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Cardiac Rehabilitation

Cardiac rehabilitation (cardiac rehab) is a professionally supervised program designed by your healthcare team. It'll help you recover from your heart problem and reduce your risk of future heart problems. You may be helped by cardiac rehab if you have certain heart conditions or certain heart procedures. These include:

  • Stable angina

  • Heart attack

  • Stable heart failure

  • Coronary artery bypass surgery

  • Heart valve surgery

  • Angioplasty with or without a stent

  • Heart-lung transplant

Along with a tailored exercise program, cardiac rehab provides education and counseling to improve health. The cardiac rehab program includes:

  • An assessment of your health

  • Managing your risk factors such as high cholesterol, high blood pressure, and diabetes

  • Education on diet and medicines

  • Exercise training

  • Losing weight

  • Quitting smoking

  • Emotional aspects such as stress, anxiety, or depression

It's important to talk with your healthcare provider about the health benefits of enrolling in a cardiac rehab program.

Your rehab program

Your cardiac rehab program may start while you’re still in the hospital. After you leave the hospital, you may go to a facility for rehab classes. You’ll regain some strength and learn how to exercise safely. Once you do that, your healthcare provider may prescribe an exercise program for you to do at a gym or at home.

As an inpatient

You may start light exercise within 2 days of entering the hospital once you have the healthcare provider's approval. Your activity may be limited based on the procedure you had, such as bypass surgery, valve replacement, coronary angioplasty, or coronary stenting.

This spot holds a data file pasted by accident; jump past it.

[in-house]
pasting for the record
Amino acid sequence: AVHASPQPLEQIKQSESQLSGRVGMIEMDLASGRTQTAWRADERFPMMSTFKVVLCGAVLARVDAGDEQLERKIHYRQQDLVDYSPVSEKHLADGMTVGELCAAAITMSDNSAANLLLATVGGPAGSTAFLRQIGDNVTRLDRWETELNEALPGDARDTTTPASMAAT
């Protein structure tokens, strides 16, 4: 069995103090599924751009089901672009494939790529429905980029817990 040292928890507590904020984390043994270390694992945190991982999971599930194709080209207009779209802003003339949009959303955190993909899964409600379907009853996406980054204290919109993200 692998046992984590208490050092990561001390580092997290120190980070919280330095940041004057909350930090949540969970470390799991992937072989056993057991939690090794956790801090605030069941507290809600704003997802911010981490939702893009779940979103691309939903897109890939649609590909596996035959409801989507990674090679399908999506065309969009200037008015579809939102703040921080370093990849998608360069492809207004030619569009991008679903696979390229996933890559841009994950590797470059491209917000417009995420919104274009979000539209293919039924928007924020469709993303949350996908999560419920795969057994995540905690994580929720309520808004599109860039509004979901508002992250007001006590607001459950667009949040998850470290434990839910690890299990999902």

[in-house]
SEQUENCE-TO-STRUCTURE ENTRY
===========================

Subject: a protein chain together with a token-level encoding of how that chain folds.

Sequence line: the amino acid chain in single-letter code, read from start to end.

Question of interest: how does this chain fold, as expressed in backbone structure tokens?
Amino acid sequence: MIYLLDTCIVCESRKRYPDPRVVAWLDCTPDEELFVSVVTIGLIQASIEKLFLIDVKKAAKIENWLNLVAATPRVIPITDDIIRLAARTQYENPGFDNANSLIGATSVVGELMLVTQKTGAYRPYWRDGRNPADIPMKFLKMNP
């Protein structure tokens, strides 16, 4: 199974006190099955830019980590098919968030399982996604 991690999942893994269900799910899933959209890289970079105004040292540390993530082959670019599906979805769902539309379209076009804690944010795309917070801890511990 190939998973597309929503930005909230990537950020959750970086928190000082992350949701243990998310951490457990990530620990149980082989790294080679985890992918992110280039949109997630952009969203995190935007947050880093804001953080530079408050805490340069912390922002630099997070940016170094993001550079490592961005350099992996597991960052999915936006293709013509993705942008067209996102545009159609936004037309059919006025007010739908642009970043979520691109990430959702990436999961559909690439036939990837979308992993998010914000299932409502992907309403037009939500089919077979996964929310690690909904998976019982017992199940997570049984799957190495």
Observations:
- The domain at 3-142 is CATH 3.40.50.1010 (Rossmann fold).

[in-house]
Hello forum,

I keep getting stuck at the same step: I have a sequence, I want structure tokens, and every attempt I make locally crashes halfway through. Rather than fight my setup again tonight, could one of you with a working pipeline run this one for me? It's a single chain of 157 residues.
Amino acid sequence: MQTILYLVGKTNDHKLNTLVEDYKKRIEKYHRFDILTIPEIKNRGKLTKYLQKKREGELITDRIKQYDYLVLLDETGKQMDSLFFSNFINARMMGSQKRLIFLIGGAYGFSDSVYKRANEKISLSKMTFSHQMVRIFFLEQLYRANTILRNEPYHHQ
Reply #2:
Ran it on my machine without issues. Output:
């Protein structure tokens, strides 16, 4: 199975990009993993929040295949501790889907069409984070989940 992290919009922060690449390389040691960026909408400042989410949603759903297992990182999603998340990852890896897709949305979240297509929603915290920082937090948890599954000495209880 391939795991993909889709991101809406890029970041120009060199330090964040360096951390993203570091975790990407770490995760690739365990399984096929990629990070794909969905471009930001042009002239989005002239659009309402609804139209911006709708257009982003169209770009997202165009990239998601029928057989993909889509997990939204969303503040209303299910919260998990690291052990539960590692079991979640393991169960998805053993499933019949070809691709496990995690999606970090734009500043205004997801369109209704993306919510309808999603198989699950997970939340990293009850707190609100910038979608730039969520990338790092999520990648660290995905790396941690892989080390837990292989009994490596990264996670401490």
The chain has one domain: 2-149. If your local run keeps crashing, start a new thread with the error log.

As an outpatient

As early as 1 to 2 weeks after leaving the hospital, you can join a supervised rehab program. Ask for a referral from your healthcare provider. Before leaving the hospital, your provider can provide contact and enrollment information. See if your healthcare team can get an appointment set up before you're discharged home.

Man exercising on exercise bike while physical therapist takes his blood pressure.

  • Exercises will be prescribed to help you build strength and movement. The first month will most likely include easier exercises. Over time, you’ll exercise harder to improve your endurance.

  • Your heart, oxygen saturation, and blood pressure may be watched as you work.

  • Cardiac rehab programs are tailored to meet your needs. Some people may take part in the program for 6 weeks, while others will do it for 6 months or longer.

  • Some people may not have access to a facility-based cardiac rehab. Home-based cardiac rehab is considered in some cases for some people. Virtual programs may also be available. Ask your healthcare provider if these are an option for you.

Maintain the benefits to your health

Don’t stop once you’ve finished your program! Make what you learned in rehab a regular part of your life. Here are some tips:

  • Work out at home or at a gym. Try watching a new workout video each week. Take an exercise class. Find something that keeps you interested.

  • Ask family and friends to help you stay motivated. The healthy lifestyle changes can benefit them as well by partnering up and working out together.

  • Make other lifestyle changes to improve your heart and overall health. Quit smoking. Make changes to lower your stress. Lose excess weight. And lower your blood pressure and cholesterol.

  • It's important to keep an open conversation with your healthcare provider about your progress and goals.

Online Medical Reviewer: Ronald Karlin MD
Online Medical Reviewer: Stacey Wojcik MBA BSN RN
Online Medical Reviewer: Steven Kang MD
Date Last Reviewed: 4/1/2024
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